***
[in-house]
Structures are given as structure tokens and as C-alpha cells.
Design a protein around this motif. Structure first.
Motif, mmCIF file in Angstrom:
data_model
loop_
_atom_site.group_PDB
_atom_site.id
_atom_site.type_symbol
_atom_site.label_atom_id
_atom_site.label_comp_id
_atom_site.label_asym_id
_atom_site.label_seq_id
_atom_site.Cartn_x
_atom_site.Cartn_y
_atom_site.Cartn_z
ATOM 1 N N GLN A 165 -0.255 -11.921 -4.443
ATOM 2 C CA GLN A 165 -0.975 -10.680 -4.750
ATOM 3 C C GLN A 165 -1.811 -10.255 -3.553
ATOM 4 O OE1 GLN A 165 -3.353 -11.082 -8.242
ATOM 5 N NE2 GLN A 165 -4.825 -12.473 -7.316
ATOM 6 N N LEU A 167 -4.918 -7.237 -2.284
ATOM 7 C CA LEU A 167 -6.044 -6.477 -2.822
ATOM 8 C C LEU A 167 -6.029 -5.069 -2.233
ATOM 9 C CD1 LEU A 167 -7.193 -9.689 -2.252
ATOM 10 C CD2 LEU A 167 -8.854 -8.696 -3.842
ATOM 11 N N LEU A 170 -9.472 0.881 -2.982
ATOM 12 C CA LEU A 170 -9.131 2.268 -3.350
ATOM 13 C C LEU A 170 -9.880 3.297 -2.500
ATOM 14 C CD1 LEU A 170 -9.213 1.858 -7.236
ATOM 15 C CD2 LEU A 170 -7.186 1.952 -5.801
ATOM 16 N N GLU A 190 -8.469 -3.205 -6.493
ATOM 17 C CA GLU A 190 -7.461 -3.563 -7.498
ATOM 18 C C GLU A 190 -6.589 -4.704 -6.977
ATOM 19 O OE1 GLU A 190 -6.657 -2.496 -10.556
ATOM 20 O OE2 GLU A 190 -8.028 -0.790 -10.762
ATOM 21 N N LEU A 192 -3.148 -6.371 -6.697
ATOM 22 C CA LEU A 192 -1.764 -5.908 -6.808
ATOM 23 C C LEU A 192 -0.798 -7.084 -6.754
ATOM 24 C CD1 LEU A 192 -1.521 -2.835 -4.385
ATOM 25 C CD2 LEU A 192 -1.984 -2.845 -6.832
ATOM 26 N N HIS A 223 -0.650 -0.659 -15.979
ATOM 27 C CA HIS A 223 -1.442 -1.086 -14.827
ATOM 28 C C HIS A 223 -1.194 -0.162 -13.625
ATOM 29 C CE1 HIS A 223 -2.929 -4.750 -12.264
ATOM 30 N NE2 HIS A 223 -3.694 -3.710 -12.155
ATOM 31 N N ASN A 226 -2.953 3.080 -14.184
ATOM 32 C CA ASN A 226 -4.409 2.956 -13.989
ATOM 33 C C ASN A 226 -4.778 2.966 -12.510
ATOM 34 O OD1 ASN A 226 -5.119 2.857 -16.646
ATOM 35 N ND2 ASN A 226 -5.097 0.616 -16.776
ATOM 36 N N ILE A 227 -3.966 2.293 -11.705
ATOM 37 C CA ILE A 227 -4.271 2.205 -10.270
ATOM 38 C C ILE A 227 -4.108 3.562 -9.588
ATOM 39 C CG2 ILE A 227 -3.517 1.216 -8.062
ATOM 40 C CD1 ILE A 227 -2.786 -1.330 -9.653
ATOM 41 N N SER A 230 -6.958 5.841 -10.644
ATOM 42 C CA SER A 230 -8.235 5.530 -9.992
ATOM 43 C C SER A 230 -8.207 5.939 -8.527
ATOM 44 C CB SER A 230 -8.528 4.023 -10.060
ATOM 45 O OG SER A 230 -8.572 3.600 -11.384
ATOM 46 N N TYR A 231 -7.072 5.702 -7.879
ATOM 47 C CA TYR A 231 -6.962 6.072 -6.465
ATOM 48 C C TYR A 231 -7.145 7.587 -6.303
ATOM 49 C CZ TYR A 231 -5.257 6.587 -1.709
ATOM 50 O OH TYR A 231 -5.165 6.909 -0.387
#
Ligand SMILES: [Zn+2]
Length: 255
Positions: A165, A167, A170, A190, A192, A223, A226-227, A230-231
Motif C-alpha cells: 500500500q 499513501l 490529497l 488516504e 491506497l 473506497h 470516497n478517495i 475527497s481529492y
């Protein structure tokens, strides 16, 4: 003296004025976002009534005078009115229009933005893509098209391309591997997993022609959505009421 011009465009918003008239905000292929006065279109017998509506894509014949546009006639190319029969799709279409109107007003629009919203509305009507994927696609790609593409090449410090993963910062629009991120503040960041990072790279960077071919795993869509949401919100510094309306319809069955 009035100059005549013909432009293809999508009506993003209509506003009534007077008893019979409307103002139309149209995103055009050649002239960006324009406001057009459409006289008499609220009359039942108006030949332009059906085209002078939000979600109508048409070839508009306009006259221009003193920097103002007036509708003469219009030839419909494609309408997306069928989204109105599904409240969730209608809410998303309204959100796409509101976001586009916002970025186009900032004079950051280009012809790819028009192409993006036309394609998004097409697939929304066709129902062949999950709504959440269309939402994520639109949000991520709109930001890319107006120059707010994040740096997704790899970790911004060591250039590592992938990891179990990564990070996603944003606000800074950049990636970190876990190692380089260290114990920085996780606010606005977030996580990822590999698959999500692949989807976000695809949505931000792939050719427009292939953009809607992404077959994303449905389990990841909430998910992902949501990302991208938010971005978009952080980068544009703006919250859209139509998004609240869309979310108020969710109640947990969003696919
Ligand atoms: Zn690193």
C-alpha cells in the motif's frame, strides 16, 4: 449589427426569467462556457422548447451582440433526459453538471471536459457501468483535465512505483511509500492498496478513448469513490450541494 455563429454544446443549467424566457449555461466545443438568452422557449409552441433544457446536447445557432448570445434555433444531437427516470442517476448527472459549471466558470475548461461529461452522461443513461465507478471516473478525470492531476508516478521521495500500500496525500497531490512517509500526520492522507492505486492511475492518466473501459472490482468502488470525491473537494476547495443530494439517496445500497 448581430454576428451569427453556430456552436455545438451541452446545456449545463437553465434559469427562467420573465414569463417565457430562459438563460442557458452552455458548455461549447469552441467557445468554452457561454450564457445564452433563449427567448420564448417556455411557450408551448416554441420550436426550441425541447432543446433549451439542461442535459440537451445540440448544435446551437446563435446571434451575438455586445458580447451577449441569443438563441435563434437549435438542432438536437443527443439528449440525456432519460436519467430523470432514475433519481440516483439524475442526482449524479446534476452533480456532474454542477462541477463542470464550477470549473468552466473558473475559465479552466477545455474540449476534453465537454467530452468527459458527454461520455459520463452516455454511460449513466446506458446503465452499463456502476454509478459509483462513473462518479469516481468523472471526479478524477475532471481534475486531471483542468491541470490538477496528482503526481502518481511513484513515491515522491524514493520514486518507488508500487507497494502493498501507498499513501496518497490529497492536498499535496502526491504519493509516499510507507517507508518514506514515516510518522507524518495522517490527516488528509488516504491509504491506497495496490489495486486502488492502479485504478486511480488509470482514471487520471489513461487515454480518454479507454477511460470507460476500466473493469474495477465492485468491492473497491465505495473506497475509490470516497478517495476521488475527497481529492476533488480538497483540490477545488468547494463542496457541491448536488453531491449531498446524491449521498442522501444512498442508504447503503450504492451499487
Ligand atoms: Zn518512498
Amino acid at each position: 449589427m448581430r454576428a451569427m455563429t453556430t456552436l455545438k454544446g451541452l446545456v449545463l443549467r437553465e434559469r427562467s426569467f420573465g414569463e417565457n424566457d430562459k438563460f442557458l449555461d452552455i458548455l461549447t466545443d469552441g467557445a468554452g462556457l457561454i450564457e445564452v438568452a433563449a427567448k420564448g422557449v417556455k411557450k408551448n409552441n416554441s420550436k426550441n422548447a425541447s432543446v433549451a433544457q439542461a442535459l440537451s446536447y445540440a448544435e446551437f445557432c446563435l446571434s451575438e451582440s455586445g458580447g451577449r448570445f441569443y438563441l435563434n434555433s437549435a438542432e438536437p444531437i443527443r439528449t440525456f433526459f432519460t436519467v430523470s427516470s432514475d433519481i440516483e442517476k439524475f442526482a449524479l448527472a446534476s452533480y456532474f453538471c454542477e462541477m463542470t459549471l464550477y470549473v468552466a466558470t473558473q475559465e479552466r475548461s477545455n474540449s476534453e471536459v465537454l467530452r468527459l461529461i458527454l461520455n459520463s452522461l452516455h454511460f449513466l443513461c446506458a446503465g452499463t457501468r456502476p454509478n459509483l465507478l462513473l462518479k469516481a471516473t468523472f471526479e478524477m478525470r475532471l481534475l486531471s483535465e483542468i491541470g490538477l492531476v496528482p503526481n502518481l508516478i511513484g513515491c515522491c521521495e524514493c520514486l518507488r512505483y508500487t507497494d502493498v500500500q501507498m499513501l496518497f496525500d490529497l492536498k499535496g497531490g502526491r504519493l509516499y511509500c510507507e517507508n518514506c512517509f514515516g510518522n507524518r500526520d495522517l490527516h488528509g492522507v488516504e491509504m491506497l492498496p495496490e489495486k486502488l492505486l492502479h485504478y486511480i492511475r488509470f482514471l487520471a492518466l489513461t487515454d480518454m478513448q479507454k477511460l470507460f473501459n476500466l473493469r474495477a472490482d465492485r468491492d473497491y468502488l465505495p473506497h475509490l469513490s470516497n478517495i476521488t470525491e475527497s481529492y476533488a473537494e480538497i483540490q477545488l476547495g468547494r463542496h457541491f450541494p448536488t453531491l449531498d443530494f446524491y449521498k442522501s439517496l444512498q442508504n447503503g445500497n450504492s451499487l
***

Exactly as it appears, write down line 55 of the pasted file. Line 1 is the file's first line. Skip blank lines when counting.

ATOM 39 C CG2 ILE A 227 -3.517 1.216 -8.062